The Divine Lamp

The unfolding of thy words gives light; it imparts understanding to the simple…Make thy face shine upon thy servant, and teach me thy statutes

My Notes on John 18:33-37

Posted by Dim Bulb on October 26, 2011

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These were taken from a post on (18-28-19:16).

18:33  Pilate entered the praetorium again and called Jesus, and said to him, “Are you the King of the Jews?”
18:34  Jesus answered, “Do you say this of your own accord, or did others say it to you about me?”
18:35  Pilate answered, “Am I a Jew? Your own nation and the chief priests have handed you over to me; what have you done?”
18:36  Jesus answered, “My kingship is not of this world; if my kingship were of this world, my servants would fight, that I might not be handed over to the Jews; but my kingship is not from the world.”
18:37  Pilate said to him, “So you are a king?” Jesus answered, “You say that I am a king. For this I was born, and for this I have come into the world, to bear witness to the truth. Every one who is of the truth hears my voice.”
18:38a  What is truth?

33-34.  Are you the King of the Jews?…Do you say this of your own accord, or did others say it to you about me?

The words “are you the king of the Jews” are often taken by translators as a straightforward question;  in fact they form a derisive statement masquerading as a question. The Greek text would more properly be translated thus: Pilate entered the praetorium again and called Jesus, and said to him (not “asked him”), “You (emphatic) are the King of the Jews!” Father John Paul Heil give the following meaning in his commentary BLOOD AND WATER: “You (of all people!) are the King of the Jews.” Father Heil goes on to note that the words have an ironic quality for the faithful reader, for on a deeper level they can be taken as true: “You (surely) are the King of the Jews.”

Do you say this of your own accord. Theophylactus: “He intimates here that Pilate was judging blindly and indiscreetly: If you say this thing of yourself, He says, bring forward proofs of My rebellion; if you have heard it from others, make regular inquiry into it.”

35. Pilate answered, “Am I a Jew? Your own nation and the chief priests have handed you over to me; what have you done?”

Am I a Jew? Here we see Pilate’s bigotry and animosity towards the Jews, which would eventually lead to his deposition as Procurator.  His question is emphatic, demanding an answer of “no,” for the mere thought of the other response sickens him.

Pilate insists that what is taking place is a thoroughly Jewish matter, but the mere presence of Jesus at the interrogation makes that a lie; indeed, handed you over to me and what have you done witness against Pilate’s claim.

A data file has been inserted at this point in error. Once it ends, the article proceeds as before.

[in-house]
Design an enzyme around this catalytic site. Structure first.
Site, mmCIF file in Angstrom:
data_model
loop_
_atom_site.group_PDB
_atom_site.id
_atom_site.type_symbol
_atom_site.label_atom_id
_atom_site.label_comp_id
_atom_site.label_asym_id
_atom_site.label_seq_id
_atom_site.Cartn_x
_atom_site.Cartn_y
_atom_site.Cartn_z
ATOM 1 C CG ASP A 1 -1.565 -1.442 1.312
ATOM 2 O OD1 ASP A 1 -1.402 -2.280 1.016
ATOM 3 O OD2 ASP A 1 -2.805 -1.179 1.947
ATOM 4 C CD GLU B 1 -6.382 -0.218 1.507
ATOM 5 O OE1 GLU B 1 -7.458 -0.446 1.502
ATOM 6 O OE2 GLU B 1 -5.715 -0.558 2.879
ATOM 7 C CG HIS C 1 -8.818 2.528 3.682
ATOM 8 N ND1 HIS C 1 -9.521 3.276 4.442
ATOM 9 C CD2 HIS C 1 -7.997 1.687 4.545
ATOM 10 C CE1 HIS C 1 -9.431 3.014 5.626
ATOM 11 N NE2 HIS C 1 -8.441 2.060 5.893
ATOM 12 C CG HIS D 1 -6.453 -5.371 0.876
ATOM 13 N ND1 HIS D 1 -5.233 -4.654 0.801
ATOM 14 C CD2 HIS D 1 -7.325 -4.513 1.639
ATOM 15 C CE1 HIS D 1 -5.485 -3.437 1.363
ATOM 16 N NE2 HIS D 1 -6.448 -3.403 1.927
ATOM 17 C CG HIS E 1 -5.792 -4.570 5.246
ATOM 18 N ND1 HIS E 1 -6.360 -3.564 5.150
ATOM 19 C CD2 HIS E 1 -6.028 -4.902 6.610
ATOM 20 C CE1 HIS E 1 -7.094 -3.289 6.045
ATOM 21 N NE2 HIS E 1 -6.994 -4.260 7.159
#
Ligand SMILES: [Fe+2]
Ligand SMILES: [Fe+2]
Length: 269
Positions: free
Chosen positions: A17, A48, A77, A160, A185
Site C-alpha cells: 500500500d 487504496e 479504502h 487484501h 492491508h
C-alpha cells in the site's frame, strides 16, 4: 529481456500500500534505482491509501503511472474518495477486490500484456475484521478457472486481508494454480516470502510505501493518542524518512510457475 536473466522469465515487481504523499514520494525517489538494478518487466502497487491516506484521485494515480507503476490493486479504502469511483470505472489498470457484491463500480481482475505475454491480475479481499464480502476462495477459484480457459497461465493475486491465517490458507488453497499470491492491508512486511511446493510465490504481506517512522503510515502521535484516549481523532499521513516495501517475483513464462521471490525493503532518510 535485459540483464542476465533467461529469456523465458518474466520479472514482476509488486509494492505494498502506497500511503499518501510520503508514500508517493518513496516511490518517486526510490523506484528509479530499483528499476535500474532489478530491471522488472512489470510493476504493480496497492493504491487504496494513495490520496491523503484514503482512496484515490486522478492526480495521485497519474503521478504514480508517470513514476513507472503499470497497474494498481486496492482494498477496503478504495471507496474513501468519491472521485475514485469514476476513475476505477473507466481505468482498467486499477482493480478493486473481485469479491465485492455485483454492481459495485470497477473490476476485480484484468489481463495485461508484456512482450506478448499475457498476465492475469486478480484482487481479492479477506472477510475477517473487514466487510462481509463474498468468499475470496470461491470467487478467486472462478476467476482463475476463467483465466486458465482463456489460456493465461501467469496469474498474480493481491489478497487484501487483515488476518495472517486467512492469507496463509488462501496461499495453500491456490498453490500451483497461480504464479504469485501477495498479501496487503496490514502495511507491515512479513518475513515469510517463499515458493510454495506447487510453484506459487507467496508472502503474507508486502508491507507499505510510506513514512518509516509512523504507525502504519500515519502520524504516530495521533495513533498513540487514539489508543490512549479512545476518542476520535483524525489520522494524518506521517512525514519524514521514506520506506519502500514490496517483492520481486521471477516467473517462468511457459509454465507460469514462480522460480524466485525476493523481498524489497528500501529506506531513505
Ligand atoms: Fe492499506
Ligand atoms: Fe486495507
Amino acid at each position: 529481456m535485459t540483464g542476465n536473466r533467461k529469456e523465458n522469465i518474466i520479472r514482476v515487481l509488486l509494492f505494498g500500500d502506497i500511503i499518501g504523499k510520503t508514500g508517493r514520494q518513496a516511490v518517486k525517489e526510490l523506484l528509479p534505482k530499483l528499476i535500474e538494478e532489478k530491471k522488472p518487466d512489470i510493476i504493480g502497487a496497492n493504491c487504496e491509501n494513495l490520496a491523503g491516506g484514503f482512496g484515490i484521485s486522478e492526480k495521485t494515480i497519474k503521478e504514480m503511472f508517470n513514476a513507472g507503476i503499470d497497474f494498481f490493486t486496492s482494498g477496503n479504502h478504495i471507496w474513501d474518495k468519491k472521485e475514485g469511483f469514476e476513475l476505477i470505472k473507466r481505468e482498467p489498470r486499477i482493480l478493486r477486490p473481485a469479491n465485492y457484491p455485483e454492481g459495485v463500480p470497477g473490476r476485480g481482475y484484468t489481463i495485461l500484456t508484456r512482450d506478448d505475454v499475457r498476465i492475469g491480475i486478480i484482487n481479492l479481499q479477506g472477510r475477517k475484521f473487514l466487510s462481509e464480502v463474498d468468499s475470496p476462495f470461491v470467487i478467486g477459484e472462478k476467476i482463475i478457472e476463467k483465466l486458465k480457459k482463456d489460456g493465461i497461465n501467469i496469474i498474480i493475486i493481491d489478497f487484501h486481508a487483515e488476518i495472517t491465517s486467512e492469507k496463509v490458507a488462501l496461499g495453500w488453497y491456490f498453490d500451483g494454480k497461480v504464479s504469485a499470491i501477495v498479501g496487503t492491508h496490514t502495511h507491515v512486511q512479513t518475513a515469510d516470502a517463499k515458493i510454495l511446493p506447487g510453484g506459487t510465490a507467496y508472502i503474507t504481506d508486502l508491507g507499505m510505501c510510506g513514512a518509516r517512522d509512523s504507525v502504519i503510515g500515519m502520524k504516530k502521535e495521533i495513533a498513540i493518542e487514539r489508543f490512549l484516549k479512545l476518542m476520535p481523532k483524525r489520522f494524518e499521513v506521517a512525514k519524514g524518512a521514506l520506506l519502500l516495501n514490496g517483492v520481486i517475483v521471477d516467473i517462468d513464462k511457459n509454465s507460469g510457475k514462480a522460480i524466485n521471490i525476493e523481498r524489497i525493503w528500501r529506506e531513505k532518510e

36. Jesus answered, “My kingship is not of this world; if my kingship were of this world, my servants would fight, that I might not be handed over to the Jews; but my kingship is not from the world.

Recalls the action and subsequent rebuke of Peter in the garden.

Catholic Commentary On Holy Scripture: “Jesus does not answer this (i.e., Pilate’s) question, except by clearly defining what his kingship is. It is not of terrestrial origin. If it were, his guards— the military force which in that hypothesis he would have had—would have striven against his arrest. Consequently his kingship is not ‘from hence’ (translated “this world”)— terrestrial—and therefore he is no Palestinian rival of the majesty of Roman Tiberius”

St John Chrysostom: “He means that He does not derive His kingdom from the same source that earthly kings do; but that He has his sovereignty from above; inasmuch as He is not mere man, but far greater and more glorious than man: If My kingdom were of this world, then would My servants fight, that I should not be delivered to the Jews. Here He shows the weakness of an earthly kingdom, has its strength from its servants, whereas that higher kingdom is sufficient to itself, and wanting in nothing. And if His kingdom was thus the greater of the two, it follows that He was taken of His own will, and delivered up Himself.”

For a fuller treatment of the significance of our Lord’s words, consult The Passion Of Jesus In The Gospel Of John, by Father Donald Senior, pages 80-81.  The emphasis is not on space (heaven up there, earth down here), rather the differing realities of this world and the one “from above” are being described in spatial categories.

37. So you are a king…you say that I am a king.  Pilate’s accusation/question is parried by our Lord, who basically admits to being a king, just not in the sense posed by Pilate.

St Augustine: “He did not fear to confess Himself a King, but so replied as neither to deny that He was, nor yet to confess Himself a King in such sense as that His kingdom should be supposed to be of this w world. He says, you say, meaning, you being carnal say it carnally. He continues, To this end was I born, and for this cause came I into the world, that 1 should bear witness to the truth.”

Fathers Nolan and Brown: “In response to Pilate’s question…Jesus proceeds to explain that His is not that mighty temporal kingdom for which the Jews had hoped, and which the Romans might well fear; if it were, His followers would surely have striven that He should not be delivered to the Jews; but in truth it was not a temporal Kingdom.  My kingdom is not from hence; i.e., is not of this world, not a temporal kingdom.  In this world it was, and is; but of this world it is not (see 17:15-16).”